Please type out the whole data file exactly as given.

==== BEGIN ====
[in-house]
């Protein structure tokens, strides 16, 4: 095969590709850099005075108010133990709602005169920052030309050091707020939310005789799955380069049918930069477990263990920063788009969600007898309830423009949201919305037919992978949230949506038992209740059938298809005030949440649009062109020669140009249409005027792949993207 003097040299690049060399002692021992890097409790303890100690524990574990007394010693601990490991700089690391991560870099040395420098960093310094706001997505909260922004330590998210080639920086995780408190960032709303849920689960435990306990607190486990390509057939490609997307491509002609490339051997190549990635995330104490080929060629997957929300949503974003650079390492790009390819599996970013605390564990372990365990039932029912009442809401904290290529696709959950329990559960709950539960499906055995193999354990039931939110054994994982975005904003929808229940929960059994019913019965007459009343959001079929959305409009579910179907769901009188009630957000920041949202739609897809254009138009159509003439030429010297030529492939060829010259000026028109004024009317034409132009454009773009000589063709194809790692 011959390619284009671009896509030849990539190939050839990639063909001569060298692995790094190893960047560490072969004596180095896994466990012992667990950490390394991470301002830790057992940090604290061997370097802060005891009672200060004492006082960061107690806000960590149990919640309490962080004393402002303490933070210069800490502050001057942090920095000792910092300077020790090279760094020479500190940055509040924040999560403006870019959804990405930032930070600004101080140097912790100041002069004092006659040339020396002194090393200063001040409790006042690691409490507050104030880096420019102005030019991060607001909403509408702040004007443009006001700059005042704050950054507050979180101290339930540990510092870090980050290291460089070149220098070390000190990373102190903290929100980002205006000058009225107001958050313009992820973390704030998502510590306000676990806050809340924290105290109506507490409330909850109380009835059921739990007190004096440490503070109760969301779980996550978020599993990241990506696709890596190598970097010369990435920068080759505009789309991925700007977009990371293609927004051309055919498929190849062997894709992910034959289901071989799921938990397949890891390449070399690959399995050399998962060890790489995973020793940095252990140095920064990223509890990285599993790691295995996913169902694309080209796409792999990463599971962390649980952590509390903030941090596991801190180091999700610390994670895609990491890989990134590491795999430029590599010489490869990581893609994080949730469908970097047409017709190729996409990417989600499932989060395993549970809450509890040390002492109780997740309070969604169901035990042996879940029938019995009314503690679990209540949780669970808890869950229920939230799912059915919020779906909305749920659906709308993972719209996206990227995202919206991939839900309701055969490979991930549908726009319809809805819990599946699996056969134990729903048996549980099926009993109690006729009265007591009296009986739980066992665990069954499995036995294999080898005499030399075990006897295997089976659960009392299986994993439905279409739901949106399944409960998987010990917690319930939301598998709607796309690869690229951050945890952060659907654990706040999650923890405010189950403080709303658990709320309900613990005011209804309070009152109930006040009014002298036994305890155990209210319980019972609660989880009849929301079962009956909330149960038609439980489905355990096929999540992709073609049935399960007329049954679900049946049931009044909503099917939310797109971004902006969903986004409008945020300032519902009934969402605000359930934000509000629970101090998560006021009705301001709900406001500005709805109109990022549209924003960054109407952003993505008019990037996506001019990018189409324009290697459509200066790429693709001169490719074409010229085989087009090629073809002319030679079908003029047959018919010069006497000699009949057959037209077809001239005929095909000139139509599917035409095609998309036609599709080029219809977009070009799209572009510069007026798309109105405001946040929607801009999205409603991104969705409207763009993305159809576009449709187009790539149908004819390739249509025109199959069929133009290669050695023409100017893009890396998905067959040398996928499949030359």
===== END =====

[in-house]
């Protein structure tokens, strides 16, 4: 095969590709850099005075108010133990709602005169920052030309050091707020939310005789799955380069049918930069477990263990920063788009969600007898309830423009949201919305037919992978949230949506038992209740059938298809005030949440649009062109020669140009249409005027792949993207 003097040299690049060399002692021992890097409790303890100690524990574990007394010693601990490991700089690391991560870099040395420098960093310094706001997505909260922004330590998210080639920086995780408190960032709303849920689960435990306990607190486990390509057939490609997307491509002609490339051997190549990635995330104490080929060629997957929300949503974003650079390492790009390819599996970013605390564990372990365990039932029912009442809401904290290529696709959950329990559960709950539960499906055995193999354990039931939110054994994982975005904003929808229940929960059994019913019965007459009343959001079929959305409009579910179907769901009188009630957000920041949202739609897809254009138009159509003439030429010297030529492939060829010259000026028109004024009317034409132009454009773009000589063709194809790692 011959390619284009671009896509030849990539190939050839990639063909001569060298692995790094190893960047560490072969004596180095896994466990012992667990950490390394991470301002830790057992940090604290061997370097802060005891009672200060004492006082960061107690806000960590149990919640309490962080004393402002303490933070210069800490502050001057942090920095000792910092300077020790090279760094020479500190940055509040924040999560403006870019959804990405930032930070600004101080140097912790100041002069004092006659040339020396002194090393200063001040409790006042690691409490507050104030880096420019102005030019991060607001909403509408702040004007443009006001700059005042704050950054507050979180101290339930540990510092870090980050290291460089070149220098070390000190990373102190903290929100980002205006000058009225107001958050313009992820973390704030998502510590306000676990806050809340924290105290109506507490409330909850109380009835059921739990007190004096440490503070109760969301779980996550978020599993990241990506696709890596190598970097010369990435920068080759505009789309991925700007977009990371293609927004051309055919498929190849062997894709992910034959289901071989799921938990397949890891390449070399690959399995050399998962060890790489995973020793940095252990140095920064990223509890990285599993790691295995996913169902694309080209796409792999990463599971962390649980952590509390903030941090596991801190180091999700610390994670895609990491890989990134590491795999430029590599010489490869990581893609994080949730469908970097047409017709190729996409990417989600499932989060395993549970809450509890040390002492109780997740309070969604169901035990042996879940029938019995009314503690679990209540949780669970808890869950229920939230799912059915919020779906909305749920659906709308993972719209996206990227995202919206991939839900309701055969490979991930549908726009319809809805819990599946699996056969134990729903048996549980099926009993109690006729009265007591009296009986739980066992665990069954499995036995294999080898005499030399075990006897295997089976659960009392299986994993439905279409739901949106399944409960998987010990917690319930939301598998709607796309690869690229951050945890952060659907654990706040999650923890405010189950403080709303658990709320309900613990005011209804309070009152109930006040009014002298036994305890155990209210319980019972609660989880009849929301079962009956909330149960038609439980489905355990096929999540992709073609049935399960007329049954679900049946049931009044909503099917939310797109971004902006969903986004409008945020300032519902009934969402605000359930934000509000629970101090998560006021009705301001709900406001500005709805109109990022549209924003960054109407952003993505008019990037996506001019990018189409324009290697459509200066790429693709001169490719074409010229085989087009090629073809002319030679079908003029047959018919010069006497000699009949057959037209077809001239005929095909000139139509599917035409095609998309036609599709080029219809977009070009799209572009510069007026798309109105405001946040929607801009999205409603991104969705409207763009993305159809576009449709187009790539149908004819390739249509025109199959069929133009290669050695023409100017893009890396998905067959040398996928499949030359």